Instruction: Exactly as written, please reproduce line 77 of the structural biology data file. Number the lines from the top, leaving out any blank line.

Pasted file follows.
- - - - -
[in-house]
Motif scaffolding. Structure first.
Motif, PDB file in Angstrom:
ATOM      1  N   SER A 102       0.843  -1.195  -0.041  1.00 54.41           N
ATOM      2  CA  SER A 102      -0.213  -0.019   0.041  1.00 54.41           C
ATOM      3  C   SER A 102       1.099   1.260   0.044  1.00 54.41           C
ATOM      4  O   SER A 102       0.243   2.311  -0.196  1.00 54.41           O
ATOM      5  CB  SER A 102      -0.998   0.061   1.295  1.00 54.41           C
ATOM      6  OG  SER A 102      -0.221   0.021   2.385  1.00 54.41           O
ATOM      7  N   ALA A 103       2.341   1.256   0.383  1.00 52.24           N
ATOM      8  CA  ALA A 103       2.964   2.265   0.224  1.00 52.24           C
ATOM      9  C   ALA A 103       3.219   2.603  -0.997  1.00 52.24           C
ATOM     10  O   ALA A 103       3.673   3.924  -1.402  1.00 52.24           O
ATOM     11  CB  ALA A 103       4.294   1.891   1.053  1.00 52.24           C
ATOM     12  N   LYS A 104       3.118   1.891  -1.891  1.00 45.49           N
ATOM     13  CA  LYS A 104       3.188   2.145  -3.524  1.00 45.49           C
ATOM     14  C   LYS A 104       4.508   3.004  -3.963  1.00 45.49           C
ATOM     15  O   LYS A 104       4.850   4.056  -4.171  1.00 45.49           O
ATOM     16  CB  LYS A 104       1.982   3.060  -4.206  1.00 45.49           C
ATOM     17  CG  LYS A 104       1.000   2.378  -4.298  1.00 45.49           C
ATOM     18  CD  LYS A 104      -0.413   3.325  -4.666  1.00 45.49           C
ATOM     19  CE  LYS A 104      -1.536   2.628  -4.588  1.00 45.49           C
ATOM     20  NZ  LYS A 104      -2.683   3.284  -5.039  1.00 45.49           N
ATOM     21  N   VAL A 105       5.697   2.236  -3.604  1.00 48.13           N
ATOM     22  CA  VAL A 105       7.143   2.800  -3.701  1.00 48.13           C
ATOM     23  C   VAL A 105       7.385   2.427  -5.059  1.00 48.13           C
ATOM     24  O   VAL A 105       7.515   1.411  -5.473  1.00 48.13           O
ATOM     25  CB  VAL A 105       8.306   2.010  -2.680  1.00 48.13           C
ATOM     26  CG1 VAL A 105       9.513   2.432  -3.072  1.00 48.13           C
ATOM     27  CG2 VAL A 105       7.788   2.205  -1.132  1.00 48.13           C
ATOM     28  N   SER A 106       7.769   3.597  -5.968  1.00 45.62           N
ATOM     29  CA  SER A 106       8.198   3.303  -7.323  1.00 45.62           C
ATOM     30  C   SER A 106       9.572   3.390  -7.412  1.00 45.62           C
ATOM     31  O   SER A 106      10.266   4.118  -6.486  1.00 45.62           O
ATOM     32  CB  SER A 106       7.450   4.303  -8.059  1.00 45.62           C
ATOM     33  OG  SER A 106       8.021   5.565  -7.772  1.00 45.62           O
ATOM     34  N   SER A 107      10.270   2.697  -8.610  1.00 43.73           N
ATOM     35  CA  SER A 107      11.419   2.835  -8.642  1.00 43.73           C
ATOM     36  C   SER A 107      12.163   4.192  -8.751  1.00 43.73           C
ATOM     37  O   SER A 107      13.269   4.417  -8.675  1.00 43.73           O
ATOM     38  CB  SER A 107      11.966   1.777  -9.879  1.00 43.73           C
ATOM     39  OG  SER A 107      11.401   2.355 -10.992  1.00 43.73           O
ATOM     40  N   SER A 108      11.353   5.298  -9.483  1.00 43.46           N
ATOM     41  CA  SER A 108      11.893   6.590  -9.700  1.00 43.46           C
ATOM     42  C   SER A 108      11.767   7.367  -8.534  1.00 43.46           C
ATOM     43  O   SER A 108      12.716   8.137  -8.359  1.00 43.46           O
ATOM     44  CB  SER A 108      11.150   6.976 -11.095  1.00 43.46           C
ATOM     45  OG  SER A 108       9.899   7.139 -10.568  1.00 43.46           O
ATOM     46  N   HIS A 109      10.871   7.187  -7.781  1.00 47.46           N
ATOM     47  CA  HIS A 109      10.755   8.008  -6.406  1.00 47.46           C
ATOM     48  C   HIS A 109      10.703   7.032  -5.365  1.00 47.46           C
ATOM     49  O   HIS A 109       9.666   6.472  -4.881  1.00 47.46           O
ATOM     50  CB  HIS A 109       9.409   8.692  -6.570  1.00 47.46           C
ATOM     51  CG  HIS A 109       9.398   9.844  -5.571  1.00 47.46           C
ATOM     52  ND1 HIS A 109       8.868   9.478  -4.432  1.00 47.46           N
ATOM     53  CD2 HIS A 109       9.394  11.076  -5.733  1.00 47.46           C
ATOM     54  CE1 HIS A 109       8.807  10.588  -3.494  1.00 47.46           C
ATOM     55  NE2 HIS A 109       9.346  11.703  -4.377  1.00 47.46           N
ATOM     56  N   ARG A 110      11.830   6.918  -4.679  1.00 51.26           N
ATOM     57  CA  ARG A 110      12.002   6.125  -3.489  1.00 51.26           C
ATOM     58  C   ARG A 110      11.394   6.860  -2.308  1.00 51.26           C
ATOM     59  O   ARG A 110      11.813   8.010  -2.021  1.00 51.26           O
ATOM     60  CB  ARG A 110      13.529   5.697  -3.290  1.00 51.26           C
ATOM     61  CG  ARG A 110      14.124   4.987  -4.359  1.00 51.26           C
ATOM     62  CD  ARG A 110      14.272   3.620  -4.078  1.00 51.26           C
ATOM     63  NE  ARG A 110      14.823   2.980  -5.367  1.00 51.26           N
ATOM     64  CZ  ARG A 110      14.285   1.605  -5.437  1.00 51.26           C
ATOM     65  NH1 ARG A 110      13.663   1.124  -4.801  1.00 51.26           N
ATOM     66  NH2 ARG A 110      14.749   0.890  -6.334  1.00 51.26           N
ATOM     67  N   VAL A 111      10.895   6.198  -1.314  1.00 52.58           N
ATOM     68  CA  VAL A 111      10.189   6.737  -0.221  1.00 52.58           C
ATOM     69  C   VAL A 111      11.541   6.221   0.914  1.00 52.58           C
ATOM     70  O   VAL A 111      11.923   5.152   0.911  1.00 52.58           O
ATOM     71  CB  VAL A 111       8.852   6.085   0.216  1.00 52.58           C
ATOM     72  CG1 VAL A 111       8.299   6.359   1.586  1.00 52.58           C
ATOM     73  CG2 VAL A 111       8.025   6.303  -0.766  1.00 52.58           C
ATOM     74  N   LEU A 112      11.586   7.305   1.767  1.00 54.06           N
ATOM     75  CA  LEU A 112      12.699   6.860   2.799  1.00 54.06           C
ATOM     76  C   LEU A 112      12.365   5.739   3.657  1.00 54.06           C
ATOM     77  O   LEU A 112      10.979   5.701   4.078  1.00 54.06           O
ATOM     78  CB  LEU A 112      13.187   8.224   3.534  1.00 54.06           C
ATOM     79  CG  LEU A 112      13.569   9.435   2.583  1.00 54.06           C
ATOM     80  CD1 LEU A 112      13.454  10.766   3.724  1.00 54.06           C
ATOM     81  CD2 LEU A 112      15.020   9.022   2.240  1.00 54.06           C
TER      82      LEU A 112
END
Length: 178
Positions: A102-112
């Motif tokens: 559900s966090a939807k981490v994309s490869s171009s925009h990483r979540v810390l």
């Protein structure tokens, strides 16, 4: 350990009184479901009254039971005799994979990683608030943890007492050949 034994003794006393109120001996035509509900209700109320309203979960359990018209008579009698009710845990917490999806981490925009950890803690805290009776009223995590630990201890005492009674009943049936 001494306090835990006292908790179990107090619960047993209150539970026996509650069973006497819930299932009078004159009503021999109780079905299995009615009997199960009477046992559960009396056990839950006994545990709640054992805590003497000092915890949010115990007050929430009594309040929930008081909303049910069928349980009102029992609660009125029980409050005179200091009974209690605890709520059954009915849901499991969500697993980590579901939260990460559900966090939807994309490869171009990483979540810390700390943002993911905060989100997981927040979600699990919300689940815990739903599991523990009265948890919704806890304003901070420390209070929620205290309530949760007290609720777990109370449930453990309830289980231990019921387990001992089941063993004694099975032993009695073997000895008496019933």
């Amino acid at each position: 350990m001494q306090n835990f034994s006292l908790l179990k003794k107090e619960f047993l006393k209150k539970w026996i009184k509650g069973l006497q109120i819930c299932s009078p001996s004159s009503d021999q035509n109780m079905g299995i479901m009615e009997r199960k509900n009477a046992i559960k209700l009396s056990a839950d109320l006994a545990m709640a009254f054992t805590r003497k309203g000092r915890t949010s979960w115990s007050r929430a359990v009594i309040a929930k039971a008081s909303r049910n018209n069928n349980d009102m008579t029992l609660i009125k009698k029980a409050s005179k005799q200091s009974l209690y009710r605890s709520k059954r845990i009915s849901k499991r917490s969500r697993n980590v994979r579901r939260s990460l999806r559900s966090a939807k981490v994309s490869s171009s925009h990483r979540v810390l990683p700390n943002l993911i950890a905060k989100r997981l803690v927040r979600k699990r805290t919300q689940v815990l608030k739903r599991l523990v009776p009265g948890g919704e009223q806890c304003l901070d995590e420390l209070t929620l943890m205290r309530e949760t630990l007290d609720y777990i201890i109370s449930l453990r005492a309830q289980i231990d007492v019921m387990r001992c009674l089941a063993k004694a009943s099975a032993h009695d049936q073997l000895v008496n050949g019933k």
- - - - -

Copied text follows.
ATOM     74  N   LEU A 112      11.586   7.305   1.767  1.00 54.06           N